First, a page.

The Academy Museum Opening Gala: Red Carpet Arrivals Americans take largest lead against Europe in Ryder Cup Camila Cabello Welcomes Shawn Mendes to Global Citizen Stage With a Kiss: Watch

Trump himself often gave conflicting signals on the issue of war powers, simultaneously railing against “endless wars” during campaign rallies but strongly pushing back against efforts to limit U.S. involvement overseas.Seven of those who voted for the Iran resolution are still serving in the Senate — and Grassley, who voted against that resolution, has now moved into the yes camp. Sen. Josh Hawley (R-Mo.) also voted against the Iran measure, but told POLITICO that he supports repealing the 2002 AUMF. And Sen. Cynthia Lummis (R-Wyo.), a newly elected member, also said she is likely to vote for it.

“We’ve been adventurous across the world far too long,” said Sen. Mike Braun (R-Ind.), who also plans to support the bill. “So I’m going to be with the folks who want to make sure that we don’t let those linger.”Most Republicans agree with the premise of the Kaine-Young bill — that the 2002 and 1991 authorizations are no longer necessary for basic operational tasks, including the protection of American troops. But they argue that eliminating a president’s existing authorities could complicate U.S. efforts to respond to future threats.

“The question is, when our troops are gone, what authority do we then have to prevent ISIS or the Taliban from doing things that are awful and outrageous, that would be very much harmful to our friends and allies?” Sen. Mitt Romney (R-Utah) said.When asked about Congress crafting a new AUMF to meet those challenges, Romney quipped: “Yes, that’s likely to happen when cows fly over the moon.”

At the same time, Republicans’ bid to keep the Iraq authorizations is hardening around the party’s hawkish posture toward Iran, whose proxies have been attacking U.S. forces in Iraq and Syria in recent months. Those attacks have prompted retaliatory strikes by Biden, though the president claimed his Article II self-defense authority to justify those offensives.

As Biden comes under scrutiny from members of his own party for those strikes, Republicans have rushed to defend him. And GOP lawmakers are justifying their opposition to the AUMF repeal measures byseeking to preserveBiden’s ability to attack Iran and its proxy forces inside Iraq and Syria — though the AUMFs only authorized action against the Iraqi government, not specific militant groups based in Iraq. Today, the Iraqi government is a counterintelligence partner, and U.S. troops are there with its permission.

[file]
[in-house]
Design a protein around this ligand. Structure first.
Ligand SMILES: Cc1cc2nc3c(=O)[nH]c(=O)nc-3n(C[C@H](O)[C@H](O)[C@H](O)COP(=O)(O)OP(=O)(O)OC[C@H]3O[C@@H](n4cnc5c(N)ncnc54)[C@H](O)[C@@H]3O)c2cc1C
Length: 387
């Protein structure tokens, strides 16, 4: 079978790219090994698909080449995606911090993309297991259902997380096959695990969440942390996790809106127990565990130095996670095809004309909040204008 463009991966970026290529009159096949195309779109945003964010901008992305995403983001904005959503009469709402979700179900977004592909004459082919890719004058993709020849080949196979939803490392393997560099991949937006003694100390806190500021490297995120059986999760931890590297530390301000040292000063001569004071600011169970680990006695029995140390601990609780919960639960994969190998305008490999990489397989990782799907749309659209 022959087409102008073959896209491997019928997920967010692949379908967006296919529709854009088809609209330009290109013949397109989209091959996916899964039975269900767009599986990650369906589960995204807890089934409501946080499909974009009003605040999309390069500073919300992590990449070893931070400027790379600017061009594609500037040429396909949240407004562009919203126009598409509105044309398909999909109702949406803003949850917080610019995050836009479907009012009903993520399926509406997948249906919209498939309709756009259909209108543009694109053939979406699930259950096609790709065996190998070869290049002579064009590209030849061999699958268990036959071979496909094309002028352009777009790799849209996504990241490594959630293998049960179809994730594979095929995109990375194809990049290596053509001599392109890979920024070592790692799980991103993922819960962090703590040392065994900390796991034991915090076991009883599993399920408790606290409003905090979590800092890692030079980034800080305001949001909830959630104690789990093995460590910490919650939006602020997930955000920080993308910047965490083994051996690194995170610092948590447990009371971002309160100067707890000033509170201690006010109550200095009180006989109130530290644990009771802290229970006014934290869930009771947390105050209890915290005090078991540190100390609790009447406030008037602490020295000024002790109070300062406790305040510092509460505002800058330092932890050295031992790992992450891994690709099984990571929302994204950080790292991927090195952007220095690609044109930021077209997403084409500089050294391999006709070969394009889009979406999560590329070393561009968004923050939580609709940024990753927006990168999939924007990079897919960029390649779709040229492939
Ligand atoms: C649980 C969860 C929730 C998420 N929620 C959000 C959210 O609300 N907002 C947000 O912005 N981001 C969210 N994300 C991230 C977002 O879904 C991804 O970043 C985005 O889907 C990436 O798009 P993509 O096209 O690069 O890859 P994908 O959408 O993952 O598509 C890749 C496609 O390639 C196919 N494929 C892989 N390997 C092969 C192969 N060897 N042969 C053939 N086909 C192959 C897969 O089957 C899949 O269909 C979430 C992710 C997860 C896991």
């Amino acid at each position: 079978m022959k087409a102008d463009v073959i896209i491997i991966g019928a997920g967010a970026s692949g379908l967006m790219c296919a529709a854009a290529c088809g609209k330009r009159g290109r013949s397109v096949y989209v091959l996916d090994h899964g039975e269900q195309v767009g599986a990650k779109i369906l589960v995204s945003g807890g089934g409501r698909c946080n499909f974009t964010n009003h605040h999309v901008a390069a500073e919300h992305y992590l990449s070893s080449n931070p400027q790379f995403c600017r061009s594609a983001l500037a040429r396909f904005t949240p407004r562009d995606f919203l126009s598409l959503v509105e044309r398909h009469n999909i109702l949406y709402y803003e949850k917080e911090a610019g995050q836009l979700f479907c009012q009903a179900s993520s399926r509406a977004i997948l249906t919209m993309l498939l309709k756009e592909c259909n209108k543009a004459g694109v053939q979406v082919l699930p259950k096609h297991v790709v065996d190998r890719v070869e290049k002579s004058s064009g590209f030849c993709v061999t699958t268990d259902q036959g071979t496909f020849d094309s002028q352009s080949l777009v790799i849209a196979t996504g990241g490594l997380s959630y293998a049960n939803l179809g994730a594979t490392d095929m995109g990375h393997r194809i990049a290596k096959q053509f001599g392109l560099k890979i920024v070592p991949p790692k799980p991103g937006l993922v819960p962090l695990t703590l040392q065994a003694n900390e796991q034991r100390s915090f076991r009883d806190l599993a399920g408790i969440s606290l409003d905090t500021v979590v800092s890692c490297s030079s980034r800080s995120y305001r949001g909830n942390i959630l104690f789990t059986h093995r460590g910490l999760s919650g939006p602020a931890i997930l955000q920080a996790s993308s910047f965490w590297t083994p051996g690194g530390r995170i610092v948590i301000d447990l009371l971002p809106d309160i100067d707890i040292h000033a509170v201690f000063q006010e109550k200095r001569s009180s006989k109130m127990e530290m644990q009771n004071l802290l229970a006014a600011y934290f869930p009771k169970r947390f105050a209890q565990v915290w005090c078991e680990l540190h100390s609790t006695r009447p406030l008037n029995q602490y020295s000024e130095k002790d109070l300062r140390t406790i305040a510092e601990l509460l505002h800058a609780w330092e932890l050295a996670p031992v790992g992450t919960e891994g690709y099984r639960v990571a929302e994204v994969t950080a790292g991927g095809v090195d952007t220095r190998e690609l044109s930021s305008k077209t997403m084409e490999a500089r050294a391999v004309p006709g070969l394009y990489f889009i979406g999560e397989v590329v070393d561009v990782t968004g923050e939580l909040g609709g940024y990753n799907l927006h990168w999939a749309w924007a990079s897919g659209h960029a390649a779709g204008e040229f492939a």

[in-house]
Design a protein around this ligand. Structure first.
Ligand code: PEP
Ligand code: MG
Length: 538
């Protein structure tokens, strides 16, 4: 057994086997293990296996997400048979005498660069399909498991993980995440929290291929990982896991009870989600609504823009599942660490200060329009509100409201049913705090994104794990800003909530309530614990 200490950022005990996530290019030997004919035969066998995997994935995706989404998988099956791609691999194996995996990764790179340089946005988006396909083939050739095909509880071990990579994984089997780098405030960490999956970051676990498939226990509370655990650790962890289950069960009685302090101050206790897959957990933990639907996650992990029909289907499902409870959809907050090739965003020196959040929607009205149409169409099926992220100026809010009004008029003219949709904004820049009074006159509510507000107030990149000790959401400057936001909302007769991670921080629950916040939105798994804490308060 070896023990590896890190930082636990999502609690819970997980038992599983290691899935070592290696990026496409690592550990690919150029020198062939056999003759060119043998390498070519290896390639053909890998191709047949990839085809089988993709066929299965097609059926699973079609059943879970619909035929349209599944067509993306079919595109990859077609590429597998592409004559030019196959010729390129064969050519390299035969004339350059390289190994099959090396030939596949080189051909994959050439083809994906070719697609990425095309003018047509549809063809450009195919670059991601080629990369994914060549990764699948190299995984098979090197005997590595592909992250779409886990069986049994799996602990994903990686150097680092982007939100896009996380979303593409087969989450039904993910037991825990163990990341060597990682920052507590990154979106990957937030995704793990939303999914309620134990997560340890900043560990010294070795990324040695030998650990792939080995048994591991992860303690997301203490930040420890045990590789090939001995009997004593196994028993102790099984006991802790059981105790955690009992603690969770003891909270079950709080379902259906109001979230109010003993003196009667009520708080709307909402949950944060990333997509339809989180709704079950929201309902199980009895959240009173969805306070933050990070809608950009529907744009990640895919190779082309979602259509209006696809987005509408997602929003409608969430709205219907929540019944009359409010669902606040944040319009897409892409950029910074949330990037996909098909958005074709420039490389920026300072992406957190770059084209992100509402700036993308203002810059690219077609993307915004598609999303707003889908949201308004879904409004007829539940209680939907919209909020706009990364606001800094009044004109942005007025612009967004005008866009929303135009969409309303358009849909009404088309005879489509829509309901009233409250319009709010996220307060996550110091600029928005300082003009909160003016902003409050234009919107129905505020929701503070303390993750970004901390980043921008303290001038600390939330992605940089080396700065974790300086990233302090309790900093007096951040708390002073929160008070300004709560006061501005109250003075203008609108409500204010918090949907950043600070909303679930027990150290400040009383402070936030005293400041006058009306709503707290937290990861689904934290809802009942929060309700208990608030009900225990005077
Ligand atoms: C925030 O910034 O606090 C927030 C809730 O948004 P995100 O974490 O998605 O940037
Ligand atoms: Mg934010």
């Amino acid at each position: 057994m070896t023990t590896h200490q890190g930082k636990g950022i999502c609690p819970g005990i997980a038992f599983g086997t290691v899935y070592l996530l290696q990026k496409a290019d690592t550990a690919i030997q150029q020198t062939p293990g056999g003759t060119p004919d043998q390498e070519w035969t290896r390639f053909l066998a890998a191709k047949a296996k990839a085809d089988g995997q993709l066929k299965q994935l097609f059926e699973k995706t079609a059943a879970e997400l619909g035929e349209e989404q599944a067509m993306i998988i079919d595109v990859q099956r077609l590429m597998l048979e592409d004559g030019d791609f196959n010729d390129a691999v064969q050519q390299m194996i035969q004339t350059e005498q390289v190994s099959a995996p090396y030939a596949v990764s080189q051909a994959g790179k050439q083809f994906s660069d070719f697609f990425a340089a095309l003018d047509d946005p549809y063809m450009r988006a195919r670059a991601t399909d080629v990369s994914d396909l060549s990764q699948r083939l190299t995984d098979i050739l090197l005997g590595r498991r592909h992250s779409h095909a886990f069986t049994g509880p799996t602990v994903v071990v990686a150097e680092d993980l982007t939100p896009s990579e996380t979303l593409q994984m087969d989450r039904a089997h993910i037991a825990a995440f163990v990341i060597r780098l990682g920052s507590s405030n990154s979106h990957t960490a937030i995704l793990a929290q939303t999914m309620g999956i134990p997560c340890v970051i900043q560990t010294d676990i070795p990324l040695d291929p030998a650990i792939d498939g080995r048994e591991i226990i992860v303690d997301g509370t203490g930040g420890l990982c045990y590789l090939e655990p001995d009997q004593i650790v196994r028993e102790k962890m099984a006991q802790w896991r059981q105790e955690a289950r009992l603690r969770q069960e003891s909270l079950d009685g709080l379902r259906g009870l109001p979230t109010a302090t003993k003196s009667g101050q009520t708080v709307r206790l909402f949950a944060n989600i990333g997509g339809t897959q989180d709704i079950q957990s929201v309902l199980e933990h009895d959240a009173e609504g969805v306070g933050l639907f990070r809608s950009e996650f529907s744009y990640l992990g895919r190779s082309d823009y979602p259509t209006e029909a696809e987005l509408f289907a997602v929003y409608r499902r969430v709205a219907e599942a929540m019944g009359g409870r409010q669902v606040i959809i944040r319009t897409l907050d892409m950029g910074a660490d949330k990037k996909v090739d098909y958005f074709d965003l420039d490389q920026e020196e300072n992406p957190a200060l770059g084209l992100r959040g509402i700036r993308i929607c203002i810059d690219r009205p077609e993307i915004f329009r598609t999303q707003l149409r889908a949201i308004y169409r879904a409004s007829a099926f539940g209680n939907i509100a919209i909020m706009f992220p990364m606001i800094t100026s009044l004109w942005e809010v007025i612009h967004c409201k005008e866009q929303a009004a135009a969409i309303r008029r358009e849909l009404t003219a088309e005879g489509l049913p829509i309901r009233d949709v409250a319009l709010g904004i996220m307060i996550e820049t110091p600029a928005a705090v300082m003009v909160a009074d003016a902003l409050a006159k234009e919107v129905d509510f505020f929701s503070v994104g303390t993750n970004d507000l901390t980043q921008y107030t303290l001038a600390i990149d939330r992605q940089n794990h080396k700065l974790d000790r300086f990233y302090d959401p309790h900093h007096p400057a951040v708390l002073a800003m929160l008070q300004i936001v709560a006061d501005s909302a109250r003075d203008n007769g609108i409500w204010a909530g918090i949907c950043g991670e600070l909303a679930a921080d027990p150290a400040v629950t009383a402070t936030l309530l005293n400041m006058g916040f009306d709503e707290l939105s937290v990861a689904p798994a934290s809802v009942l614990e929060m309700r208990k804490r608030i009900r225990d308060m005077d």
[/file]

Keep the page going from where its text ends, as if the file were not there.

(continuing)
As Republicans look to tout their hard line against Tehran, Sen. Ted Cruz (R-Texas) plans to introduce an amendment to the Kaine-Young bill that would give Biden the authority to retaliate against Iran more directly.That amendment is expected to fail mostly along party lines in the Democrat-led committee. But it’s another example of how Republicans are portraying Biden as weak toward Iran, especially as the administration seeks a revived nuclear agreement with the regime.

“I worry that this debate is being pushed by the Democrats as part of the Biden administration’s pivot toward Iran, and ill-advised intention to re-enter into the disastrous Obama Iran nuclear deal,” Cruz said in a brief interview. Read more: POLITICO »

Met Gala Photos 2021: Red Carpet Arrivals

The Met Gala makes its dazzling return, offering a landscape of lavish red carpet looks we’ve come to expect on one of fashion’s biggest nights. Co-chairs of the evening are Timothée Ch…

This cannot be forgotten, political corruption: “(Beirut) - Evidence implicates senior Lebanese officials in the August 4, 2020, explosion in Beirut that killed 218 people, but systemic problems in Lebanon’s legal and political system are allowing them to avoid accountability.” 50 year? I looked down at my body without genitals, flesh, and bones. There wasn't already reason to let myself live anymore. If you ask the western people who have also been castrated by China, they must be like me and not want to live in this world!

Senior U.S. diplomat Sherman backs repeal of 2002 Iraq war authorizationPresident Joe Biden's administration backs the repeal of the 2002 congressional authorization for the war in Iraq, saying it is not needed to protect U.S. interests in the foreseeable future, Deputy Secretary of State Wendy Sherman said on Tuesday.

Senate Loses Congress Contract To Upstart Private Legislator FirmWASHINGTON—The members of the U.S. Senate were seen Tuesday packing up their Capitol offices after the Senate reportedly lost their Congress contract to an upstart private legislator firm. “Well, it’s been a good run being in charge of Congress, but an aging government organization like the Senate just can’t compete… A little too close to the truth to be funny, really. The good news is there will soon be a National Hacky Sack Day.

State Senate members call for Cuomo's impeachment amid release of AG reportEighty-three percent of the New York State Senate and 56 percent of the State Assembly have so far called on Cuomo to resign or be impeached. Let him tell all about the mafia!

Senate Unanimously Passes Bill Awarding Capitol Police With Medals of Honor for January 6Senator Amy Klobuchar said the medals are 'a recognition that will be on display for people to understand and remember what these officers did.'

Systemic cybersecurity failures persist across federal agencies, Senate report findsKey agencies across the federal government continue to fail meet basic cybersecurity standards, according to a new Senate report, which found systematic failures to safeguard data.

Sarah Palin hints she may run for Senate against Lisa Murkowski in 2022Former Alaska governor and vice presidential candidate Sarah Palin said that moving to the 'bubble' of Washington, should she win, would be 'a sacrifice' but one she was willing to make if she felt called to do so. What she leaves out is that by being Alaska's US Senator in Washington she'd be sacrificing Alaska, not herself. She should stay in Alaska - that way she could see Russia from her home.